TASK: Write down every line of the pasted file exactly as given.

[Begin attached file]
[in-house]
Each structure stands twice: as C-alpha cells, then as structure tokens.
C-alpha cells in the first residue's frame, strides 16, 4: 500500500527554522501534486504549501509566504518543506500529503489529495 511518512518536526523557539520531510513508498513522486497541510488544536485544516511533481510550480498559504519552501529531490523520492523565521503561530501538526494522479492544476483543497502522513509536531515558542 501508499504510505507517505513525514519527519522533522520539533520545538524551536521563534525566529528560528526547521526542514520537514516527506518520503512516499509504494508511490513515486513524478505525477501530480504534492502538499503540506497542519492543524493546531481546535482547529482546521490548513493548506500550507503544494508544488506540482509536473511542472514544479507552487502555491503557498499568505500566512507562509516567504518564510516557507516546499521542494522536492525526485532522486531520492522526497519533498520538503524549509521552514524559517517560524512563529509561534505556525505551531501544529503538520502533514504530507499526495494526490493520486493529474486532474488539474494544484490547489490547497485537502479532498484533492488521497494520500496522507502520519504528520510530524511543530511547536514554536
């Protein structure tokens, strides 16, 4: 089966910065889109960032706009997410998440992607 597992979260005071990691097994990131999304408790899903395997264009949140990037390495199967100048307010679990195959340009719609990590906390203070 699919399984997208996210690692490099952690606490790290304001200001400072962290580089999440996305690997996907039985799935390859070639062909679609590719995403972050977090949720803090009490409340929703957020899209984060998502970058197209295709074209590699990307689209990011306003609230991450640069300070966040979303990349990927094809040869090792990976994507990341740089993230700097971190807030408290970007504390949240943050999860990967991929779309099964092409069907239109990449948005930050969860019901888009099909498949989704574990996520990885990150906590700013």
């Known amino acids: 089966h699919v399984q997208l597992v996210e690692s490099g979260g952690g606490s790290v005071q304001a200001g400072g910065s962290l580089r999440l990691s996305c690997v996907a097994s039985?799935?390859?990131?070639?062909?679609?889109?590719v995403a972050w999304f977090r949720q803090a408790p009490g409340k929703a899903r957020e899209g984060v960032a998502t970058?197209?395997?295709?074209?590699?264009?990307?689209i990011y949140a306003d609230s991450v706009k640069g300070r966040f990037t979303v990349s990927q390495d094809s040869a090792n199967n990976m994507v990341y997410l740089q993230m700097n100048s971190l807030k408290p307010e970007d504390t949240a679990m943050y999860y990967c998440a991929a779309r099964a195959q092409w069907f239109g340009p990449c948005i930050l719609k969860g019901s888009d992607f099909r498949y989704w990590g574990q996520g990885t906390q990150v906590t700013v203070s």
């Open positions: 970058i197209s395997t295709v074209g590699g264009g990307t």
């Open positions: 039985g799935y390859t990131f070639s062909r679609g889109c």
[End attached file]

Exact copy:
[in-house]
Each structure stands twice: as C-alpha cells, then as structure tokens.
C-alpha cells in the first residue's frame, strides 16, 4: 500500500527554522501534486504549501509566504518543506500529503489529495 511518512518536526523557539520531510513508498513522486497541510488544536485544516511533481510550480498559504519552501529531490523520492523565521503561530501538526494522479492544476483543497502522513509536531515558542 501508499504510505507517505513525514519527519522533522520539533520545538524551536521563534525566529528560528526547521526542514520537514516527506518520503512516499509504494508511490513515486513524478505525477501530480504534492502538499503540506497542519492543524493546531481546535482547529482546521490548513493548506500550507503544494508544488506540482509536473511542472514544479507552487502555491503557498499568505500566512507562509516567504518564510516557507516546499521542494522536492525526485532522486531520492522526497519533498520538503524549509521552514524559517517560524512563529509561534505556525505551531501544529503538520502533514504530507499526495494526490493520486493529474486532474488539474494544484490547489490547497485537502479532498484533492488521497494520500496522507502520519504528520510530524511543530511547536514554536
């Protein structure tokens, strides 16, 4: 089966910065889109960032706009997410998440992607 597992979260005071990691097994990131999304408790899903395997264009949140990037390495199967100048307010679990195959340009719609990590906390203070 699919399984997208996210690692490099952690606490790290304001200001400072962290580089999440996305690997996907039985799935390859070639062909679609590719995403972050977090949720803090009490409340929703957020899209984060998502970058197209295709074209590699990307689209990011306003609230991450640069300070966040979303990349990927094809040869090792990976994507990341740089993230700097971190807030408290970007504390949240943050999860990967991929779309099964092409069907239109990449948005930050969860019901888009099909498949989704574990996520990885990150906590700013």
């Known amino acids: 089966h699919v399984q997208l597992v996210e690692s490099g979260g952690g606490s790290v005071q304001a200001g400072g910065s962290l580089r999440l990691s996305c690997v996907a097994s039985?799935?390859?990131?070639?062909?679609?889109?590719v995403a972050w999304f977090r949720q803090a408790p009490g409340k929703a899903r957020e899209g984060v960032a998502t970058?197209?395997?295709?074209?590699?264009?990307?689209i990011y949140a306003d609230s991450v706009k640069g300070r966040f990037t979303v990349s990927q390495d094809s040869a090792n199967n990976m994507v990341y997410l740089q993230m700097n100048s971190l807030k408290p307010e970007d504390t949240a679990m943050y999860y990967c998440a991929a779309r099964a195959q092409w069907f239109g340009p990449c948005i930050l719609k969860g019901s888009d992607f099909r498949y989704w990590g574990q996520g990885t906390q990150v906590t700013v203070s």
């Open positions: 970058i197209s395997t295709v074209g590699g264009g990307t």
């Open positions: 039985g799935y390859t990131f070639s062909r679609g889109c």